The hot-air jet dryer is often more complex in its design and function than the IR dryer, and it requires a certain degree of maintenance and a higher level of investment. However, it offers some very important advantages in return. For instance, all printed garments and inks, such as plastisols, water-based inks, discharge inks, and specialty inks can be cured in the same hot-air dryer. Other examples follow.
Constant temperature Air temperature is kept constant thanks to the recirculation of the forced hot air over the heater. Garments and inks are heated and dried very effectively without any risk for over heating or scorching. The garment does not influence the drying performance and ink thickness, which can be easily fine-tuned by adjusting the drying/retention time. The position of the temperature sensor may differ according to dryer design, and the air temperature where the sensor is placed may not be same as the air temperature at conveyor level. Run a temperature probe on the conveyor through the dryer and compensate for any discrepancy between the dryer’s temperature setting and the actual reading from the probe.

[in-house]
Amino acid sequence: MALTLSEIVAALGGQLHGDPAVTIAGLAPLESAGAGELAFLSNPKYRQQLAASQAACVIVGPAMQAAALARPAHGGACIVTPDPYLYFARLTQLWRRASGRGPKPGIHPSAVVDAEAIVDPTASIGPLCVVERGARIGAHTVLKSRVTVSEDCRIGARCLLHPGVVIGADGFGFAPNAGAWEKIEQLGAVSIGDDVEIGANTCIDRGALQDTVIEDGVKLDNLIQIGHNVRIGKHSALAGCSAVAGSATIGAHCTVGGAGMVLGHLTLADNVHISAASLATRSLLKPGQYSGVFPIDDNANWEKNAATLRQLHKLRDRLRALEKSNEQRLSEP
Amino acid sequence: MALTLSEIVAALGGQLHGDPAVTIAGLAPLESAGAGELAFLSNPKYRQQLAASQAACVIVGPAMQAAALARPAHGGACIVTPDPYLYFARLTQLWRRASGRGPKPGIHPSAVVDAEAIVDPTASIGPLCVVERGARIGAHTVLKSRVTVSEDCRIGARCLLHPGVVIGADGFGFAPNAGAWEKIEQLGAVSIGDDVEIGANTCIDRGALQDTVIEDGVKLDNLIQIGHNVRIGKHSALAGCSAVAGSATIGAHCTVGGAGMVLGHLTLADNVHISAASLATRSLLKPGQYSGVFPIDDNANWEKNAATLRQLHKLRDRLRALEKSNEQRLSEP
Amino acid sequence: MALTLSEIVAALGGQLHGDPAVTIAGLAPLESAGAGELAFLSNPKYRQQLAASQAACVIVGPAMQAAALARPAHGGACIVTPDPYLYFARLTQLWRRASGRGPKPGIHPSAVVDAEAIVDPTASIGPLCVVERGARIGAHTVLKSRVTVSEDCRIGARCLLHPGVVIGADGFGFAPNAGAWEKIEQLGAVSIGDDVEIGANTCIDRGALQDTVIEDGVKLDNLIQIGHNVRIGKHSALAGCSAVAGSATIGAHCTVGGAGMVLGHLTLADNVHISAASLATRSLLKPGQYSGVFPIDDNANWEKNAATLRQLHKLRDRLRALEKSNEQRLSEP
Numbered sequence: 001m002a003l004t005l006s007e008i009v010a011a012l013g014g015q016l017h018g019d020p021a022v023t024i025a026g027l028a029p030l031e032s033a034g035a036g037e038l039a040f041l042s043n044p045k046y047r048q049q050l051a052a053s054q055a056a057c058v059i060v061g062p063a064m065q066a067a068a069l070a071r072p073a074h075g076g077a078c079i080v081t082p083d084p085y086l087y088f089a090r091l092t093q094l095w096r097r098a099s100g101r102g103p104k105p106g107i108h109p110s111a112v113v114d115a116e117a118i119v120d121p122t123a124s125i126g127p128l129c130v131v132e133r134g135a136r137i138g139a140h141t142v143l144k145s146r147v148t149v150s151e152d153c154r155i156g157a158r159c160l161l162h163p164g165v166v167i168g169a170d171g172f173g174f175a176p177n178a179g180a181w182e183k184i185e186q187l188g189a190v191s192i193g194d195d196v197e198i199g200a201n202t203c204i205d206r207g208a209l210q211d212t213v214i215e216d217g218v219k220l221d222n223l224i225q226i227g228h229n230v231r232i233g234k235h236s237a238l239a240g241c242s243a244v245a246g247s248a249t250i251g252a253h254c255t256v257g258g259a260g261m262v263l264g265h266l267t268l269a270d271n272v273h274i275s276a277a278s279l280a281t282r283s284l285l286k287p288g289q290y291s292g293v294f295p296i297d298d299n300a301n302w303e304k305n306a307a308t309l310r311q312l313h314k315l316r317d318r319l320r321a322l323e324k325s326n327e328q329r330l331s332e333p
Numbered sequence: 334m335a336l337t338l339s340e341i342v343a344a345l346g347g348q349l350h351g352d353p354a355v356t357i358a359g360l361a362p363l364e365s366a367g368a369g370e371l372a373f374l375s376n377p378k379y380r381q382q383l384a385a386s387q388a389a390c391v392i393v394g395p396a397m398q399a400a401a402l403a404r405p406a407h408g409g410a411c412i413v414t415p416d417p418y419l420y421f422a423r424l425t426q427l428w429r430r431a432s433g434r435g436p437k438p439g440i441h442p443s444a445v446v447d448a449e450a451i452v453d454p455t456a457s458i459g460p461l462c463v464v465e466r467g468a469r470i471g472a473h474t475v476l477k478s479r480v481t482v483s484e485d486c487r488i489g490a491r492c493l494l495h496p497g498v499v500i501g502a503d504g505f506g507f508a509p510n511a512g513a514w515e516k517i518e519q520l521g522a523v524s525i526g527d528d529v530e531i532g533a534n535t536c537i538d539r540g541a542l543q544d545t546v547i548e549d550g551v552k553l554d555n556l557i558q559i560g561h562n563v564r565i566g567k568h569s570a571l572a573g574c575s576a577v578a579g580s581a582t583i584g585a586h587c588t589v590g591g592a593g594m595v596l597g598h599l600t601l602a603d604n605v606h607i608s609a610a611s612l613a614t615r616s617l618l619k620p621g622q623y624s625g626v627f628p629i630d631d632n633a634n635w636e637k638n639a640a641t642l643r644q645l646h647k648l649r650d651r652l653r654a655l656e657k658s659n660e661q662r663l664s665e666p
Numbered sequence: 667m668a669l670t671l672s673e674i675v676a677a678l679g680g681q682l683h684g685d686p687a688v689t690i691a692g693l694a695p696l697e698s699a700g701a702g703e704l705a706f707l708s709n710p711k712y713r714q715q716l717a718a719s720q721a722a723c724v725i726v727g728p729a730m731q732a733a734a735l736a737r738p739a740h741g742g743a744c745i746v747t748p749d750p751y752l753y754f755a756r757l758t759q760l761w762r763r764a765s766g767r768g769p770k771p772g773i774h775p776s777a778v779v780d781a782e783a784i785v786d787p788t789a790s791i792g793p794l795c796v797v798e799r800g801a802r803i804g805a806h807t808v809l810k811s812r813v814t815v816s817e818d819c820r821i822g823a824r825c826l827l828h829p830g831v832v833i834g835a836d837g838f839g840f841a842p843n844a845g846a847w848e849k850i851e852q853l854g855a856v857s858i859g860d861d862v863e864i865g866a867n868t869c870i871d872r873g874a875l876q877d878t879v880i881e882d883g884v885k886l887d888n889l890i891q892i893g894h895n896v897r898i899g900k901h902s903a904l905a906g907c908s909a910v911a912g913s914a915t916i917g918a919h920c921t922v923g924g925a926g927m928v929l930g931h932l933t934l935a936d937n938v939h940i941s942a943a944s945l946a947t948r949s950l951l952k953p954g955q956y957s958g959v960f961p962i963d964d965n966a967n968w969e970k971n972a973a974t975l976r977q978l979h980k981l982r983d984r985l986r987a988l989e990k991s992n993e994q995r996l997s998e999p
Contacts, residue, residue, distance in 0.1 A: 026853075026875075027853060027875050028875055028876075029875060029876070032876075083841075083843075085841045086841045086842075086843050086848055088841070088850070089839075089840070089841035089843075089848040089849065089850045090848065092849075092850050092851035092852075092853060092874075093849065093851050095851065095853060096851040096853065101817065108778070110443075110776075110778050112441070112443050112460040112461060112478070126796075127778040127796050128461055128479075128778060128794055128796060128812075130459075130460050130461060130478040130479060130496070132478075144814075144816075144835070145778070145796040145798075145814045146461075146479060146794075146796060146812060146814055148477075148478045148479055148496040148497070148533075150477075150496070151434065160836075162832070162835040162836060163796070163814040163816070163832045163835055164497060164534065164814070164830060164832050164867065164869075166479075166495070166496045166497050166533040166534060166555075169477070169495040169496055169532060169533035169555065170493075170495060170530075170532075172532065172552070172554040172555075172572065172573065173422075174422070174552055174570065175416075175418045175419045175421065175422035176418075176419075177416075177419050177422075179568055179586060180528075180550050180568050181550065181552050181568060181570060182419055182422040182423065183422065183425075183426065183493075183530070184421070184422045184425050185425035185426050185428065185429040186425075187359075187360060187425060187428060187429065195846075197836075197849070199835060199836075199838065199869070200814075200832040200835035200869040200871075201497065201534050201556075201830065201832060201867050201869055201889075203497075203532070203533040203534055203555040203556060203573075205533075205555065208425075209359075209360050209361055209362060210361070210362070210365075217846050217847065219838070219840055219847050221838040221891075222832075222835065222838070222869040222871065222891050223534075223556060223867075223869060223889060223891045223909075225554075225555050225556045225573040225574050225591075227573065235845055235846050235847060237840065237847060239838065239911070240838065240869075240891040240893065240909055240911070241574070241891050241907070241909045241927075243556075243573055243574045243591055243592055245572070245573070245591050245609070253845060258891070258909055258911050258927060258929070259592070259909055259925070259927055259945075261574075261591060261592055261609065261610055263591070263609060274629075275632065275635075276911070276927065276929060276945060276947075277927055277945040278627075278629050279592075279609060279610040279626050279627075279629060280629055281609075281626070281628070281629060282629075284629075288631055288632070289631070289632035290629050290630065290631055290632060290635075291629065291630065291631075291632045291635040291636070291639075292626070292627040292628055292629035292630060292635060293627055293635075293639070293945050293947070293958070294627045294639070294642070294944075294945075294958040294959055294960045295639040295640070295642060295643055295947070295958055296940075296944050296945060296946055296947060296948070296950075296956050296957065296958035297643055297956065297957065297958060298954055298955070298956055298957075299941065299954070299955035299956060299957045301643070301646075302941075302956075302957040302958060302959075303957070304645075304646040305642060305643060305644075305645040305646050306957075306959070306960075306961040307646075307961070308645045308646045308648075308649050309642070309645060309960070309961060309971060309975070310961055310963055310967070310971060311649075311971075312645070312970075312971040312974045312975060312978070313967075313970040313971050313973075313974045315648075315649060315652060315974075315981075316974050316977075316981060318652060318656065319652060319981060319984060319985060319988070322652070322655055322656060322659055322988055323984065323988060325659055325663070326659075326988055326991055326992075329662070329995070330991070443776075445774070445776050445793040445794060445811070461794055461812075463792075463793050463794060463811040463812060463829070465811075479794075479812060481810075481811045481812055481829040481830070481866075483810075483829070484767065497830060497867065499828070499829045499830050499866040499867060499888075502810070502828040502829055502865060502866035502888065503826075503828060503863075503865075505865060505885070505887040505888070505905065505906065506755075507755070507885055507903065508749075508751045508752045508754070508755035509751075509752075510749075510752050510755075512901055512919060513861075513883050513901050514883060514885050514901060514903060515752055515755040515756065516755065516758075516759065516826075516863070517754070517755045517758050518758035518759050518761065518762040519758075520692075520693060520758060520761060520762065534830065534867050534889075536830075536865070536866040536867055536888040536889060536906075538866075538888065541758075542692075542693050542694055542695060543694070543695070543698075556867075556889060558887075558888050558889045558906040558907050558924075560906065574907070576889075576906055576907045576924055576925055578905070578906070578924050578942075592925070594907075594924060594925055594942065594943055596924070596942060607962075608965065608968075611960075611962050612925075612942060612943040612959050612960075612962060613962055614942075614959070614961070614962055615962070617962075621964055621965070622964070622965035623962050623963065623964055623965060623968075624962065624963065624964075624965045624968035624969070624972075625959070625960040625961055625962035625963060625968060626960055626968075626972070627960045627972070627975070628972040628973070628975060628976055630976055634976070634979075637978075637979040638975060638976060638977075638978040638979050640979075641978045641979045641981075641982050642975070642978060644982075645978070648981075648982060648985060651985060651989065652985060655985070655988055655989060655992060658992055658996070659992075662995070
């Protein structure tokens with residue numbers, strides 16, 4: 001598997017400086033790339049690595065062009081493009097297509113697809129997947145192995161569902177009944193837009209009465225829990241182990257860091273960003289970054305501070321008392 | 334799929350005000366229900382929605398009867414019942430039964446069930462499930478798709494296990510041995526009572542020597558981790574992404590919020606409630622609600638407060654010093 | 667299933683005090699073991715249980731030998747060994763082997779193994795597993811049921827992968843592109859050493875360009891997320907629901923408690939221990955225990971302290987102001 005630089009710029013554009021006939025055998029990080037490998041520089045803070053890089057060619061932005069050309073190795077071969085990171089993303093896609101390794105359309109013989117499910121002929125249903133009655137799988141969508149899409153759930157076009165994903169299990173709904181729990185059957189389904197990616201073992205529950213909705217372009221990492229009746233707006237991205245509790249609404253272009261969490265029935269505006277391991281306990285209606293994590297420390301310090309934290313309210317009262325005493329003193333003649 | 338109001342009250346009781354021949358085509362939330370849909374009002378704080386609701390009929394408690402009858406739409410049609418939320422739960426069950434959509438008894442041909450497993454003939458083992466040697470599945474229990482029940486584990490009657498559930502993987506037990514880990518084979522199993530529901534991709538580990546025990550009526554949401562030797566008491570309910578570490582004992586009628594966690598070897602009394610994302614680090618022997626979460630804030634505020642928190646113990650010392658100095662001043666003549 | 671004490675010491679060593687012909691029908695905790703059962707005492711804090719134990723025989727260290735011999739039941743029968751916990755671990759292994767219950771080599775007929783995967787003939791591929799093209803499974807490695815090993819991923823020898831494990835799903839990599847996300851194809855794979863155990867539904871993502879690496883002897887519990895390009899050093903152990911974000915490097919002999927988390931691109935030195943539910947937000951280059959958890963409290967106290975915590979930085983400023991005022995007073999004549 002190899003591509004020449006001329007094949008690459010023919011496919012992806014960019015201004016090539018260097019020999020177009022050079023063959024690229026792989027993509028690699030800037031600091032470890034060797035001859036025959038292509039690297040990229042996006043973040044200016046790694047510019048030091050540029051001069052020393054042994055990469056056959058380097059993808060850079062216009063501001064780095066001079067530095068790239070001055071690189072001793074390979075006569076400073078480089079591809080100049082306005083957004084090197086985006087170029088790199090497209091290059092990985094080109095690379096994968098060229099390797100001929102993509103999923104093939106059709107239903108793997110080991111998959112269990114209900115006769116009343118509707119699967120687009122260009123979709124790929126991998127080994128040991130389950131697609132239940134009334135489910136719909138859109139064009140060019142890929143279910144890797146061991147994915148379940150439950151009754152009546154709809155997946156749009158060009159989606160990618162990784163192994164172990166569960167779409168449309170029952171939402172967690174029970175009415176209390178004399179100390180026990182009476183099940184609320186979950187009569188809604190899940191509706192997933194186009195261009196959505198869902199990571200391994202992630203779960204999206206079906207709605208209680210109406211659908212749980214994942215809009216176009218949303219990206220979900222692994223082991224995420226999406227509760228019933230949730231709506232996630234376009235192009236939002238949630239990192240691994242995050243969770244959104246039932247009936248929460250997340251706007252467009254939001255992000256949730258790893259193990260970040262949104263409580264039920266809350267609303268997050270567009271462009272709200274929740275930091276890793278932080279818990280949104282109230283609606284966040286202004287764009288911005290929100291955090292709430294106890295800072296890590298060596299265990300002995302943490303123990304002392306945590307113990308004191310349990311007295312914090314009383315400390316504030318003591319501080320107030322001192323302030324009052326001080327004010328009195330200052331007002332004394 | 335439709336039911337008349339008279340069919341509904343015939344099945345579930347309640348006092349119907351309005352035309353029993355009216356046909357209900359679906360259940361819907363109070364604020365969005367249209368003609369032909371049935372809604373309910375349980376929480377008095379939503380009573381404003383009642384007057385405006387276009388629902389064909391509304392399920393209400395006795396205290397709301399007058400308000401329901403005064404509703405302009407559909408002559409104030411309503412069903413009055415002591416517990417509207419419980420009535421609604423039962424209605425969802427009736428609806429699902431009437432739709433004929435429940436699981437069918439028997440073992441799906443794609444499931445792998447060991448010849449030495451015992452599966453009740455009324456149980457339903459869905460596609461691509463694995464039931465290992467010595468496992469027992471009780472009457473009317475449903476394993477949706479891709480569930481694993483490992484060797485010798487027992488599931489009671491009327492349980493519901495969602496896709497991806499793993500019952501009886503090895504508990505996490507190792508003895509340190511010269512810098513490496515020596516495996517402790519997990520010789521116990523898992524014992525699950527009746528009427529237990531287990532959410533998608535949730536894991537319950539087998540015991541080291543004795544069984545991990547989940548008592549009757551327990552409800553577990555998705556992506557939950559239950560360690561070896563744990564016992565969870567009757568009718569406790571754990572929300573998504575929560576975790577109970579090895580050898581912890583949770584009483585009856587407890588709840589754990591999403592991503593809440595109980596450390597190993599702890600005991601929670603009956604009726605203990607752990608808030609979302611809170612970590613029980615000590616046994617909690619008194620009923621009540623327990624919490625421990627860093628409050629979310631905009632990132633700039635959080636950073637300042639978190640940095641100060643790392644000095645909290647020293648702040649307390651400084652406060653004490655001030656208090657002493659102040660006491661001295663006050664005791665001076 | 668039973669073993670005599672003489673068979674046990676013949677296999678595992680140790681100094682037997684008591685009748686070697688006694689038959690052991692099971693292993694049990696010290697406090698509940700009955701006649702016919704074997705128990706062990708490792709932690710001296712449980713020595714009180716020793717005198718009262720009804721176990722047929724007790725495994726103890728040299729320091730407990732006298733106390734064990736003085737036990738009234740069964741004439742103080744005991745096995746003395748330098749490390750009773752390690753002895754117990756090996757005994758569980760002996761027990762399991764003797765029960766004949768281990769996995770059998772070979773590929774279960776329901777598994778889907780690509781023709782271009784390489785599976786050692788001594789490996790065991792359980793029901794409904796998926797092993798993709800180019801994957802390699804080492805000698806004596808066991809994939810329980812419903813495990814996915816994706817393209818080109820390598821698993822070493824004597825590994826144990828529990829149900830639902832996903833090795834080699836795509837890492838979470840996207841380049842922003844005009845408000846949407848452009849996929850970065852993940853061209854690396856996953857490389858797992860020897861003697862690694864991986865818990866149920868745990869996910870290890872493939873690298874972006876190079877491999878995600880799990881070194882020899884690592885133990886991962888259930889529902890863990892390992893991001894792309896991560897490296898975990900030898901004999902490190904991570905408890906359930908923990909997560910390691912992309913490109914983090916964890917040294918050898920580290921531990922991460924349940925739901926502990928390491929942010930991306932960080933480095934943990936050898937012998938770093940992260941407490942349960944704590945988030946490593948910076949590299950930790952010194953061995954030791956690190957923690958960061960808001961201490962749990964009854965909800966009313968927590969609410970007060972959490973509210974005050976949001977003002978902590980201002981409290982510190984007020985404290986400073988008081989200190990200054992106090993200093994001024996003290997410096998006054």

Gas/electric consumption The recirculation of hot air enables even very large dryers to consume power modestly—and if gas is available, this often even more favorable.
Airflow/nozzle system The airflow and nozzle system is the most important factor for dependable drying performance. The more air that is recirculated and blown over the printed garment, the more effective the heat-transfer rate—that is, how fast the air can heat up the ink to its curing temperature. This is especially important for water-based inks, where greater air volume and higher air velocity are very influential for the dryer’s ability to drive out the water in the shortest possible time and prepare for the second drying phase: heating up the ink to the point of cross linking.